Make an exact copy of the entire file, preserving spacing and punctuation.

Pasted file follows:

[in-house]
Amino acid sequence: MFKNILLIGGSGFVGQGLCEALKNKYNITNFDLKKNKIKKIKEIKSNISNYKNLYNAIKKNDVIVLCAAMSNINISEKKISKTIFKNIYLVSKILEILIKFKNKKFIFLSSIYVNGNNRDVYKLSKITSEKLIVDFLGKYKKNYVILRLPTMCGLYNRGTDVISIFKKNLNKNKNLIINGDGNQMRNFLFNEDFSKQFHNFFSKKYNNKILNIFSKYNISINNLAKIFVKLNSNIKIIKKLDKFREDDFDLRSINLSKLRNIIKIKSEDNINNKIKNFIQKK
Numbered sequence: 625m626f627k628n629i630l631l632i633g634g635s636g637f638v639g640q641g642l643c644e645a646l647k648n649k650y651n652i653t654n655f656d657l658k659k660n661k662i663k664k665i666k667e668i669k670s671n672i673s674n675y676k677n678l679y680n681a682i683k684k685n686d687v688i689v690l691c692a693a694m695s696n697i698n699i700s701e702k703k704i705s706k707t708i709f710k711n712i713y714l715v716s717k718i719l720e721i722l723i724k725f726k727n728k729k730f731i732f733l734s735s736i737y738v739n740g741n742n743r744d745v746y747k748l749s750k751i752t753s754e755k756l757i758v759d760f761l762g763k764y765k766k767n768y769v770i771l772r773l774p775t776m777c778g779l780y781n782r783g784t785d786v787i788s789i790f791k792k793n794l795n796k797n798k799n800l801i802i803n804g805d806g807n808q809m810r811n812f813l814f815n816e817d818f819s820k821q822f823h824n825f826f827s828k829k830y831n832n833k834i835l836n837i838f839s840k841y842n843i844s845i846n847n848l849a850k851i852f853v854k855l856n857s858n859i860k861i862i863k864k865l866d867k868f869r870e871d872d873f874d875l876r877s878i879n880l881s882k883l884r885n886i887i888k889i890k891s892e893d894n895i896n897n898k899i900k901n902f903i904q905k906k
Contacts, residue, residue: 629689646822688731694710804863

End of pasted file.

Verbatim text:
[in-house]
Amino acid sequence: MFKNILLIGGSGFVGQGLCEALKNKYNITNFDLKKNKIKKIKEIKSNISNYKNLYNAIKKNDVIVLCAAMSNINISEKKISKTIFKNIYLVSKILEILIKFKNKKFIFLSSIYVNGNNRDVYKLSKITSEKLIVDFLGKYKKNYVILRLPTMCGLYNRGTDVISIFKKNLNKNKNLIINGDGNQMRNFLFNEDFSKQFHNFFSKKYNNKILNIFSKYNISINNLAKIFVKLNSNIKIIKKLDKFREDDFDLRSINLSKLRNIIKIKSEDNINNKIKNFIQKK
Numbered sequence: 625m626f627k628n629i630l631l632i633g634g635s636g637f638v639g640q641g642l643c644e645a646l647k648n649k650y651n652i653t654n655f656d657l658k659k660n661k662i663k664k665i666k667e668i669k670s671n672i673s674n675y676k677n678l679y680n681a682i683k684k685n686d687v688i689v690l691c692a693a694m695s696n697i698n699i700s701e702k703k704i705s706k707t708i709f710k711n712i713y714l715v716s717k718i719l720e721i722l723i724k725f726k727n728k729k730f731i732f733l734s735s736i737y738v739n740g741n742n743r744d745v746y747k748l749s750k751i752t753s754e755k756l757i758v759d760f761l762g763k764y765k766k767n768y769v770i771l772r773l774p775t776m777c778g779l780y781n782r783g784t785d786v787i788s789i790f791k792k793n794l795n796k797n798k799n800l801i802i803n804g805d806g807n808q809m810r811n812f813l814f815n816e817d818f819s820k821q822f823h824n825f826f827s828k829k830y831n832n833k834i835l836n837i838f839s840k841y842n843i844s845i846n847n848l849a850k851i852f853v854k855l856n857s858n859i860k861i862i863k864k865l866d867k868f869r870e871d872d873f874d875l876r877s878i879n880l881s882k883l884r885n886i887i888k889i890k891s892e893d894n895i896n897n898k899i900k901n902f903i904q905k906k
Contacts, residue, residue: 629689646822688731694710804863